Conservatives really do want to let people die

Bryan Fischer may not be the best barometer of general-consensus conservative thought (although I personally believe he's no more, or not much more, radical than the rest of them; he just doesn't filter his bigotry because he's not running for office himself), but when he's echoing a theme we've seen from right-wingers before, only in more blatant form, it's hard not to take it seriously.

This time, he was offering a proposal on how to fix the healthcare system in this country.  His solution?  Remove the legal requirement that emergency rooms treat people who can't pay, and watch costs fall as all the sickest and poorest people exit the system - by way of death!  Quoting from the transcript on Right Wing Watch:
Hospitals should be allowed to set their own policies for services just like all other businesses, none of whom are forced to sell cars, food, or clothes to people who can't pay for them.
Because buying a car you can't afford is totally the same thing, and is absolutely morally equivalent to needing lifesaving medical care you can't afford!  o.O  One of these things is not like the other ones...

He then went on to whine that the whole trouble with the ER system is that people are using it "like corner medical clinics, for routine, non-emergency care, because they know they can get care that somebody else will be obligated to pay for."

Okay, first of all, no, they're not.  Nobody is making the trip to the ER, to sit there for anywhere from one to eight or even twelve hours, just for routine, non-emergency care.  That is a flat out fucking lie.

Second of all, you have to wonder if Fischer has ever gone to an emergency room when he hasn't had insurance.  (The answer I'm sure is "no", mostly because I'm sure he's never not had insurance - if he had, he wouldn't be so much of an ass about it.)  Like, does he realize they will usually bill you anyway?  I have known someone who had to go to the ER in a true emergency, her insurance didn't cover it, and she was getting bills for $10,000 for months that she couldn't pay.  It's not like they just patch you up and send you on your way with a friendly wave and a smile.  They do actually bill you later.

So knowing that, nobody goes to the ER for "routine" care.  What you do is you walk a knife's edge, when you start feeling sick or noticing some kind of something wrong with your body.  You google it.  You use WebMD's symptom checker.  You talk to your friends, see if anyone knows anyone who has had whatever symptoms you have, and how that turned out.  You gather information, self-diagnose as best you can, hoping and praying it's nothing major; you track the minutiae of your physical changes, and you are always asking and re-asking yourself the Big Question: "Is it serious enough to need treatment?"  The hope is that whatever is wrong with you will go away on its own - and often, it does.  The body is an amazing self-healing machine, sometimes.  If it doesn't, that's when you walk the knife's edge, pushing on without treatment for as long as you can, while hoping that whatever it is doesn't turn out to be fatal, hoping you aren't doing permanent damage to yourself by waiting.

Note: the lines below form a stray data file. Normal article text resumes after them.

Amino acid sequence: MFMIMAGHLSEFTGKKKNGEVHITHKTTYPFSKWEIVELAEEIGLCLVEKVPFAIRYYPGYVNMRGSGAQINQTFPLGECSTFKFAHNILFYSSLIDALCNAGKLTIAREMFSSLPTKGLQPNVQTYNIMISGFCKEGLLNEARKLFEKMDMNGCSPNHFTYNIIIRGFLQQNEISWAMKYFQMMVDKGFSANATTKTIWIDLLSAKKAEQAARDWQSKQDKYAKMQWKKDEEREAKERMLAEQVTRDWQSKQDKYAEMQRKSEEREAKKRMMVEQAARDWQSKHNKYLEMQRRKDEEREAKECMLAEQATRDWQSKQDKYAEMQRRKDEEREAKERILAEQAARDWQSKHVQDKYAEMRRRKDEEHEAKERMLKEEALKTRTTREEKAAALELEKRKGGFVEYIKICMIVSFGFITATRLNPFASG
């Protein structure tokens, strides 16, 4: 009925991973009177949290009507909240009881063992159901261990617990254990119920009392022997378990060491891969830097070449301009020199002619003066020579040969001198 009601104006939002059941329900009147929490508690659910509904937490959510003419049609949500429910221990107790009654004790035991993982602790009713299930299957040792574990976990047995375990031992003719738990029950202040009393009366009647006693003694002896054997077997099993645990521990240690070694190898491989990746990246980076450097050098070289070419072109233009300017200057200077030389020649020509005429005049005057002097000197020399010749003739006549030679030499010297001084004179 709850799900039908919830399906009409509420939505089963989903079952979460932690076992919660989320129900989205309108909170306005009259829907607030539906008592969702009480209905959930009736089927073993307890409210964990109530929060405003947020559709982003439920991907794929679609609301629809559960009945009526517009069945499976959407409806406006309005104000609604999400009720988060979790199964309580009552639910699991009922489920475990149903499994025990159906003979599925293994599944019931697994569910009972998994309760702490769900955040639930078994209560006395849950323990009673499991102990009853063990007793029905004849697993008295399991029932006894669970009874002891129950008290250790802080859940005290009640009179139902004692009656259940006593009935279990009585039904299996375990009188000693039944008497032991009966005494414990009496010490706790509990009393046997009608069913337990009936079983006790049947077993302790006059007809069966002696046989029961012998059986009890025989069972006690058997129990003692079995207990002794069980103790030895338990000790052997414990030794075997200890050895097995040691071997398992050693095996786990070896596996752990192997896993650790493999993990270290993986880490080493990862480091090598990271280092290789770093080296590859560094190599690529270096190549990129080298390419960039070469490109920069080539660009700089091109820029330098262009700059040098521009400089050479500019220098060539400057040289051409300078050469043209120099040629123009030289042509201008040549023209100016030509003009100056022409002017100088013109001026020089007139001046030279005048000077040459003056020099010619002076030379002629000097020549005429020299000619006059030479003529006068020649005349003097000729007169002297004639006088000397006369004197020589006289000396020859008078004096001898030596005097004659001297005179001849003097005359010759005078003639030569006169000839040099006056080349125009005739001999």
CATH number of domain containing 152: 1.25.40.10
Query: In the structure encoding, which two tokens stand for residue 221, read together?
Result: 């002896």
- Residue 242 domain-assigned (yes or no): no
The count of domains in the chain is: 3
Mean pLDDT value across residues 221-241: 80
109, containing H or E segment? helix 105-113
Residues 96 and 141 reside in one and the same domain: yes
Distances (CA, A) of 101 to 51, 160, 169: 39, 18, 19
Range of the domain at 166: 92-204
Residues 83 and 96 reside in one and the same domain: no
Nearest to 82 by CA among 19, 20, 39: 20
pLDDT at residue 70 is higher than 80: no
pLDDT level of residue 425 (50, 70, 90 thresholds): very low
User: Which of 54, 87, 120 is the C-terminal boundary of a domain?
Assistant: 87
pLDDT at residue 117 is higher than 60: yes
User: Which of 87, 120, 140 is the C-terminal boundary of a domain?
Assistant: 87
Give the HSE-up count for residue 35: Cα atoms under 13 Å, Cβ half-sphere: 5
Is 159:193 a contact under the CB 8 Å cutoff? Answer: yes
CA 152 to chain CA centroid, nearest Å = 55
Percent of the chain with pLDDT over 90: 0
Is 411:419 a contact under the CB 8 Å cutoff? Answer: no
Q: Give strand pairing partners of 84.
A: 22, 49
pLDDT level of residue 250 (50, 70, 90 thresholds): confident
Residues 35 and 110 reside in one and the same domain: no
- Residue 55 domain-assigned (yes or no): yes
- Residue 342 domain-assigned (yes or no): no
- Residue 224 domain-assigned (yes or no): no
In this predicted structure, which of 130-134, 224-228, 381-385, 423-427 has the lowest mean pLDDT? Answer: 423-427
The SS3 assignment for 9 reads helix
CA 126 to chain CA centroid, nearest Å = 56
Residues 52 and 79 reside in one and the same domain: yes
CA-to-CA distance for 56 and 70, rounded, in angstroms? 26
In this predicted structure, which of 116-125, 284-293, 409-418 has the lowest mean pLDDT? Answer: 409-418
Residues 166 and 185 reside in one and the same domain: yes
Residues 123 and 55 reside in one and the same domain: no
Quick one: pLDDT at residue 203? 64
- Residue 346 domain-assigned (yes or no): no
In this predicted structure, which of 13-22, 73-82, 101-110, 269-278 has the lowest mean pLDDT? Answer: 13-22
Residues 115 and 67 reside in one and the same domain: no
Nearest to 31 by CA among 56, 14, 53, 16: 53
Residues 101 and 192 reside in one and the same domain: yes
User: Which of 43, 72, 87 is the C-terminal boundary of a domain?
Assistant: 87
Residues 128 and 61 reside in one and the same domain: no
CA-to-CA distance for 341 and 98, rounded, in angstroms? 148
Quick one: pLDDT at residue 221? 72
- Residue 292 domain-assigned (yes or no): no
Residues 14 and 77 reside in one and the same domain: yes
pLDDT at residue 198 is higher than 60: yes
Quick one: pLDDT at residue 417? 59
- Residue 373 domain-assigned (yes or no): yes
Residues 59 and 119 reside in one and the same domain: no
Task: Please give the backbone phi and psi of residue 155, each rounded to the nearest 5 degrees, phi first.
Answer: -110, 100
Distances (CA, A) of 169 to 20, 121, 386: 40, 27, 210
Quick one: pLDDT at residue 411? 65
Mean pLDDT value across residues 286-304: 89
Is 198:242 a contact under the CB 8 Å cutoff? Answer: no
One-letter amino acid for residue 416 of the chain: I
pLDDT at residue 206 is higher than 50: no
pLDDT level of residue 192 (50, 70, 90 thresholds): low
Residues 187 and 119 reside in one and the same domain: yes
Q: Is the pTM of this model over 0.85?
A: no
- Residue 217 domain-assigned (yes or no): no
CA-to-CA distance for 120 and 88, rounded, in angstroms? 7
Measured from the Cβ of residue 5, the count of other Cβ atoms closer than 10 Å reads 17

And then, if it reaches a point where you can't function anymore, you know where you go first (unless it's a real emergency, like broken bones or something)?  To an urgent care clinic.  Not the ER.  The urgent care is usually only a couple hundred bucks, and they'll usually see uninsured patients (which many doctors refuse to do, so if you don't have insurance, you literally cannot see a doctor even if you're able to pay for it out-of-pocket).  Even if it's something really bad and they can't help you, they can usually at least tell you what it is, which you can use to decide if it's bad enough to go to the ER.

So no, nobody is treating the ER "like a corner clinic".  Fischer, please, shut up.  You are entitled to your own opinions, but you are not entitled to your own facts, and you are not entitled to make up scenarios in order to demonize people coping with a struggle you've never experienced.

Not that that's ever stopped you.


blackjewelsgirl said...

Actually there are a lot of people, at least where i live, that do use the ER as a walk in clinic.  I worked in the ER for several years and it was quite common for people to come in for refills on their meds, pregnancy tests, and general healthcare that was in no shape or form could be qualified as an event that required medical attention immediately.  Also quite often if people did not have a mode of transportation they would call an ambulance for transportation to the ER.  Now, in no way am I advocating that ER's should turn people away that cant pay.  That is immoral at best. But I dont believe that they should be excused from all responsibility for paying for the services that they utilized.  They should be financially responsible for paying some percentage for the services rendered.  What this gentleman suggested as a solution is wrong but people also need to realize that yes there is a serious problem with people using the ER as a "corner clinic".

Sonneillon said...

Yeah, I also have to chime in and say I've heard from mostly EMT's who have gone into great detail about how people use the emergency room as a corner clinic.  My husbands had to go there several times, and has always observed a problem of people with non-emergency conditions being there.  I am in no way agreeing with Bryan Fischer.  What I think is that for many people emergency room care is the only place they know they can go.  If more communities had accessible medical care, people might not go to the ER for non-life-threatening conditions, but some people are stupid, so I actually don't hold out a lot of hope.

Erin Smith said...

Just because you personally don't see them paying a bill does not mean they don't pay it. And it especially doesn't mean they don't get billed, and then sent to collections, and then hounded for *decades*. My sister is still getting collection calls from the birth of her child, and that was 14 years ago. My mom still gets credit collection calls for my father, and he died in 2001.